Neglected Children At Risk of ADHD, Lower IQ Says Study
Disorders such as ADHD and autism have been attributed to neglect from the findings of this study.
Findings from a recent study provide evidence that children raised in an environment of neglect and deprivation grow up with smaller brains. The study, published in Proceedings of the National Academy of Sciences, was conducted by researchers at King's College London. The findings of the study show the effects of neglect on child development.
The effects of neglect on child development
The researchers investigated the impact of early-life neglect and institutional deprivation on brain structure. In particular, they looked at orphanages in Romania following the end of Nicolae Ceaușescu's era in 1989, where many children were adopted into these institutions that the study's lead, Professor Edmund Sonuga-Barke at King's College London, described as "hellholes".
67 Romanian adoptees who experienced neglect in these institutions between 3 and 41 months were compared to 21 adoptees who didn't suffer from neglect in the early stages of their lives.
The study found that neglected children's brain size was 8.6% smaller on average compared to children who grew up in healthy environments. Researchers also found that the former showed signs of autism, attention deficit hyperactivity disorder (ADHD), as well as a lack of fear of strangers in their adulthood. Professor Mitul Mehta, one of the researchers on the study, told the BBC, "We found structural differences between the two groups in three regions of the brain. "These regions are linked to functions such as organisation, motivation, integration of information and memory."
The researchers suggest that these findings provide a causal link between neglect during childhood and lower IQ and higher rates of ADHD in adults.
5 tips to create a loving and compassionate environment for children
Looking after a child full-time can be exhausting, with many parents wishing for more me-time. And while having time for yourself is definitely advised, it shouldn't come at the cost of your child's wellbeing.
Leaving your little one for extended periods of time can be detrimental to your child's development. It can lead to lower self-esteem, unable to express emotions confidently, and unsure of fulfilling their potential.
Taking the time to show your care and appreciation to your kids can easily remedy the effects of neglect on child development.
Here are five simple tips to create a loving environment where your children are never neglected.
1. Tell your child you love them
Make sure to let your kids know you love them the old-fashioned way—by telling them.
The best thing about this is you don't need any context to say it. When you drop them off at school, while you're making dinner, or tucking them into bed, it's fair game to drop a little "I love you"!
It's hard for your children to open up about their feelings.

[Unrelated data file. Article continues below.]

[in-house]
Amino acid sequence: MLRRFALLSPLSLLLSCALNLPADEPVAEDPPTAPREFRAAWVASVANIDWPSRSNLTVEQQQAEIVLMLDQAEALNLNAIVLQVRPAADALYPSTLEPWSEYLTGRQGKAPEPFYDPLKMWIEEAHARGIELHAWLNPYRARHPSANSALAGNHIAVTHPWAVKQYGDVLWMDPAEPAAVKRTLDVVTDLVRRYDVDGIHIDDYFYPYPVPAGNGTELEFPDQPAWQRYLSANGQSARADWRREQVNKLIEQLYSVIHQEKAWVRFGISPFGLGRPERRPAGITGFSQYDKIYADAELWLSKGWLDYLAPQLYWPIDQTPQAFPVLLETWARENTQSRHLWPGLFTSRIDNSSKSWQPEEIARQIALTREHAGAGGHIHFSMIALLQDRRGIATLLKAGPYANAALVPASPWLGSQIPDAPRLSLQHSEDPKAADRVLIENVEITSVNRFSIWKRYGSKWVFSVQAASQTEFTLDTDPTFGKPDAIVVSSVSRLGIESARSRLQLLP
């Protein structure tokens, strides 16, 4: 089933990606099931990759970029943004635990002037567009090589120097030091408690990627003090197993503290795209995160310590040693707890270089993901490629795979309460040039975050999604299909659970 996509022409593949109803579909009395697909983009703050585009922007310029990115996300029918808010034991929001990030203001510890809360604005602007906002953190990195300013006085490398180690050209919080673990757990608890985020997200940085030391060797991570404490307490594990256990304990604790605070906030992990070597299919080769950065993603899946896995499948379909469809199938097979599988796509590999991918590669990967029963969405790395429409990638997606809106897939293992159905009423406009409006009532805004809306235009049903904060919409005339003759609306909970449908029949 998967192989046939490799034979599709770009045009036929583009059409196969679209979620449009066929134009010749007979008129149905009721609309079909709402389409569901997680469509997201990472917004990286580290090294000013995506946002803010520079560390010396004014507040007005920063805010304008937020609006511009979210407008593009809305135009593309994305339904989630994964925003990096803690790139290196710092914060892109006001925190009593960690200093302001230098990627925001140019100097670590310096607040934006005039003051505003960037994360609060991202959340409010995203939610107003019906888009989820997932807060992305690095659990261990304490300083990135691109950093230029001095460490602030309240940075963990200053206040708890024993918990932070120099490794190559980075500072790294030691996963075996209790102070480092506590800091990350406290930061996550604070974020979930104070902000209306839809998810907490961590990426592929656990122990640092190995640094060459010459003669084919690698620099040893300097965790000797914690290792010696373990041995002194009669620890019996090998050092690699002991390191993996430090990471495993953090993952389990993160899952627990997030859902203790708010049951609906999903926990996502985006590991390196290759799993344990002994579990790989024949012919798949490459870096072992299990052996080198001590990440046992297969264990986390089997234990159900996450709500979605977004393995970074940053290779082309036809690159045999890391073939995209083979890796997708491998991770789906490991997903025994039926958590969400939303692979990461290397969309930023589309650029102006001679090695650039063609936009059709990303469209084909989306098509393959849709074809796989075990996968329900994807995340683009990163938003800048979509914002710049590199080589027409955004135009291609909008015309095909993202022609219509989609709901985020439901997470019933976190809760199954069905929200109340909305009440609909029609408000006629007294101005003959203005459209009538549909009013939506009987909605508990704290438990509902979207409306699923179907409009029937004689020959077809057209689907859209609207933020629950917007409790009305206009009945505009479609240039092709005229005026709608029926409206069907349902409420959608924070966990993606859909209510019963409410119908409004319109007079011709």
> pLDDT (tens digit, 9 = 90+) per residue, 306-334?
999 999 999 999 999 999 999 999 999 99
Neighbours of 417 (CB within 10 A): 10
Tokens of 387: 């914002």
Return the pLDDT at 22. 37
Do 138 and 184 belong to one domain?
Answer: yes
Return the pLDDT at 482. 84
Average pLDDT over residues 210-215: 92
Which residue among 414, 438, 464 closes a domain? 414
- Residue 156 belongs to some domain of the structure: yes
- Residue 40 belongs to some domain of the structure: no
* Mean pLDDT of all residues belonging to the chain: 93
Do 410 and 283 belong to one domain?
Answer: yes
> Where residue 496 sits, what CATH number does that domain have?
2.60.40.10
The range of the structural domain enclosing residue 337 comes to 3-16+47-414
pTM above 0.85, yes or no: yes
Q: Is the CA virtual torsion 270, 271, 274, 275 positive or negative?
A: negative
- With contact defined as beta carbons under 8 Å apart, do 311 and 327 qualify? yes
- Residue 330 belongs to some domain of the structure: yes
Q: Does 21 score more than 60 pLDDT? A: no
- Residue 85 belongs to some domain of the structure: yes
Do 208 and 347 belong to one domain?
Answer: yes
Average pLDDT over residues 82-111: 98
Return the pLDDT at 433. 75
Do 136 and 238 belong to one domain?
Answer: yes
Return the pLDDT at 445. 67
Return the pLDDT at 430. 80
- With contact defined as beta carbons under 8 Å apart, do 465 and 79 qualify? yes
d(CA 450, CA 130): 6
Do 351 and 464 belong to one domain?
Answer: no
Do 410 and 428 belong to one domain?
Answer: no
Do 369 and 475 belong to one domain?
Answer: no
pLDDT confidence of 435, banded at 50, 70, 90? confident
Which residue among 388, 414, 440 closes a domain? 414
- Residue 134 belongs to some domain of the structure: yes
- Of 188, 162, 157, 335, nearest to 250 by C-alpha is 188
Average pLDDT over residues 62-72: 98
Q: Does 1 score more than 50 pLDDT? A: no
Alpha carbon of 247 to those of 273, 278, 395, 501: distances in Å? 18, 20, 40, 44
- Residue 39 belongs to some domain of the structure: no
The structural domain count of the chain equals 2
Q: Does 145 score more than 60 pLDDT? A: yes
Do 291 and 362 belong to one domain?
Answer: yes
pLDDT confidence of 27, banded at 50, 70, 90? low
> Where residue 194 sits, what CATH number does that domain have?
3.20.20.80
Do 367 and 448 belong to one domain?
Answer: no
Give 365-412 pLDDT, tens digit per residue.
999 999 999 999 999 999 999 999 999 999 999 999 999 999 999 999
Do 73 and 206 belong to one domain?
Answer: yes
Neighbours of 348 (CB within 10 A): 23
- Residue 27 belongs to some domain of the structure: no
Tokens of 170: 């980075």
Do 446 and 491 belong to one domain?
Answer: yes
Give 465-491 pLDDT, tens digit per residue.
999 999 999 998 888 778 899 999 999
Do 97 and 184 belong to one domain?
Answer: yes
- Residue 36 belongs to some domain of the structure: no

So when one of your kids tells you how he/she feels, take a deep breath before you respond.
It's okay to acknowledge his/her feelings. Many of us would instinctively dismiss them since we're grown-ups who have a lot more life experience.
But you want to teach your child that it's okay to share his/her feelings. Avoid shutting him/her down before he/she gets a chance to tell you what's going on. It'll teach your little one how to better cope with these emotions in the future.
Loving yourself has gotten a bad rep over the years. We don't mean you should teach your children to be narcissistic.
However, your little ones look to you for approval in all things. Including your love.
This might involve engaging in risky behaviours in order to earn your praise.
Instead, guide your child to accept himself/herself for who he/she is. Every child is unique and different and these differences should be celebrated, not shunned.
If your child received lower test scores than a friend, use that as a learning opportunity to praise him/her for the effort and think about how to improve.
Your child will gain an understanding that it's okay to not be all things to everyone, which in turn allows your little one to work on his/her strengths in the future.
However, adults have just as much of a problem! In fact, they spend nearly as much time staring at their phones as they spend time with their kids!
If you're talking to your children or spending time with them, resist the temptation to split your focus by putting down your phone and giving your whole attention.
Your child will notice and appreciate that you're fully there with him/her at that moment and strengthen your relationship.
Many Singaporeans feel they don't spend enough time with their families but are willing to give up watching the latest series on Netflix to make up for it.
Start scheduling a specific time where you are doing something together as a family. This might mean dinner time or board game nights.
Just make sure you have specific time together so it doesn't feel like you're all strangers living in a house together!